Where lies the boundary?

Interesting post by Carter Lusher from Sage Circle lasty week:
Spoon feed analysts public information « SageCircle Blog

Is it AR’s job to do the research for analysts? Or put differently, where’s the boundary between the analysts’ research job and AR’s job of providing information?

What do you think?

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6 Responses to Where lies the boundary?

  1. Naomi Higgins Wednesday 27th August 2008 at 12:16 #

    Simple. I expect the analysts to do as much as they can with what they know/can find out through the public domain and then work with me in a review/fleshing out process. Happy to facilitate as many briefings as are necessary to ensure an accurate report, but feel analysts have a responsibility to do the groundwork themselves. Requests to complete questionnaires that ask “what is the size of your company” are declined. If the vendor in question is publicly trading, analysts should do their homework.

  2. Ludovic Wednesday 27th August 2008 at 12:24 #

    I take the same line than you Naomi. But quid of the MQ and Waves questionaires?

  3. Jonathan Yarmis Wednesday 27th August 2008 at 12:32 #

    There’s a responsibility angle to this question but there’s also an impact question. There’s no doubt that the professional analyst should be reasonably expected to have a very broad grasp on publicly available information and also be plugged in to channels that gives them insights into things that aren’t necessarily publicly available. However, what’s the impact if there are gaps in their knowledge base? To the analyst, at least in the short-term, there’s very little consequence. In client situations they can bluff, hide or otherwise compensate for gaps in their knowledge base. Heck, they can even acknowledge it. We’re only human (contrary to popular opinion) and there are going to be gaps. So we can skate on by. Conversely, what’s the impact to the vendor and the AR professional? For the vendor, it can be significant, leading to a misrepresentation of the vendor’s position or equally bad but more sinister, the omission of the vendor from consideration in contexts where they should have had consideration. For the AR professional, the consequences can be personal. Answering “how could the analyst not know about blah” is an uncomfortable position. You may be totally right that the analyst should have known about it but if you didn’t personally assure that they did and in a contextually relevant fashion (you knew they were writing the report, didn’t you), then your job perception is at risk.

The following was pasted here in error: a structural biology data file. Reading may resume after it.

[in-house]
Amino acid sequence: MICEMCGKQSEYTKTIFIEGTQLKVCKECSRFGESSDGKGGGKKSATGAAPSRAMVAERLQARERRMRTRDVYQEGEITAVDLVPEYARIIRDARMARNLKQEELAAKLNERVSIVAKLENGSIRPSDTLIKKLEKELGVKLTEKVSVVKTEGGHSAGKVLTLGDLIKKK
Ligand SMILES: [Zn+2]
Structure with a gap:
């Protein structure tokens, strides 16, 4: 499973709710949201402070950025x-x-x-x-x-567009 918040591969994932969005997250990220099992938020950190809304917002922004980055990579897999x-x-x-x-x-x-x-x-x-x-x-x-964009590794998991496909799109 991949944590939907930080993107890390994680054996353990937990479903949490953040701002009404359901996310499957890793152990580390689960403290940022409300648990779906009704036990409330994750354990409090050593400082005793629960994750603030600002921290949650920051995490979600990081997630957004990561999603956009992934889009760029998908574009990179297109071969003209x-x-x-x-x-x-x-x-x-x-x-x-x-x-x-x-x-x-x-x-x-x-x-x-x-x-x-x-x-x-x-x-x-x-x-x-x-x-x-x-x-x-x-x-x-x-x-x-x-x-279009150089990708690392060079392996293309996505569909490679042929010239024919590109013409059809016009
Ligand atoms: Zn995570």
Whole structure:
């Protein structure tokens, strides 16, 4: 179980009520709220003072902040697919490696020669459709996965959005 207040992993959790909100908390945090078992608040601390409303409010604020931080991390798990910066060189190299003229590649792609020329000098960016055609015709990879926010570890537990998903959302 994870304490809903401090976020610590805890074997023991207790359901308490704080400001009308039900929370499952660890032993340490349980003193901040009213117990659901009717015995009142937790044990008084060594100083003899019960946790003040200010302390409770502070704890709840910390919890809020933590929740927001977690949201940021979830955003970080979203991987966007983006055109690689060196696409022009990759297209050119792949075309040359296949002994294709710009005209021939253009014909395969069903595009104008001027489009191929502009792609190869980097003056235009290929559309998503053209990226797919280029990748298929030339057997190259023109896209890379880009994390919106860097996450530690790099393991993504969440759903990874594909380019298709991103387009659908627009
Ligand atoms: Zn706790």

So clearly it’s the analyst’s responsibility…and the AR professional’s risk. In that setting, it’s pretty clear where the real burden lies.

  4. Judith Wednesday 27th August 2008 at 13:29 #

    This is an interesting discussion and I think the answer is not black and white. It depends on the context. If we are talking about a significant player in an important market there is no question that it is the responsibility of the analyst to be educated and know the market space. However, there are times when the shoe is on the other foot. If a company is in an emerging space and is not one of the top players I think it makes sense for the AR team to provide background to the analyst. Some of us follow a broad cross section of the software market and are swamped with project tasks. I think that good AR teams that I have worked with build solid relationships with analysts. They understand who they are, what they know, and are there to provide an important bridge of understanding.

  5. Duncan Chapple Wednesday 27th August 2008 at 16:40 #

    I think it hard for AR professionals to underestimate the volume of work that analysts are faced with. Analysts often feel like individuals, with only their personal resources, and they tend to see that the vendor can sometimes have more resources. Furthermore, there’s a reflection there of vendor’s misplaced ‘build a better mousetrap’ obsession – the reality is that influential analysts are marked out by their ability to build rapport with clients and help clients answer their own questions, rather than by perfect research methods.

    Furthermore, vendors often do provide and circulate inaccurate or partial information – at least if the vendor provides the information directly, then the analyst has plausible deniability.

    Complaining about how different firms work is pointless; if you want different research methods, become an analyst! For AR professionals the point is to understand how different analysts work, and to use that to better build rapport with influential analysts.

    In that respect, it’s quite effective to do some basic research for influential analysts, if that’s what they ask for, since they then become more dependent on the information you give them, which is one important goal for AR professionals.

    Of course with less influential analysts, use interns, third-party providers (I can help) or just tell them to use your website.

    Duncan.

  6. Ludovic Thursday 4th September 2008 at 10:19 #

    Duncan,

    I don’t think you’re getting it. The amount of work tht’s going into an MQ, Wave, Evaluation, etc… is huge. It’s often in the region of about 60 to 100 man-hours!

    I sometimes joke with analysts that we should charge them for the work we’re putting on some reports (especially since we’re supposed to buy the reprints after….)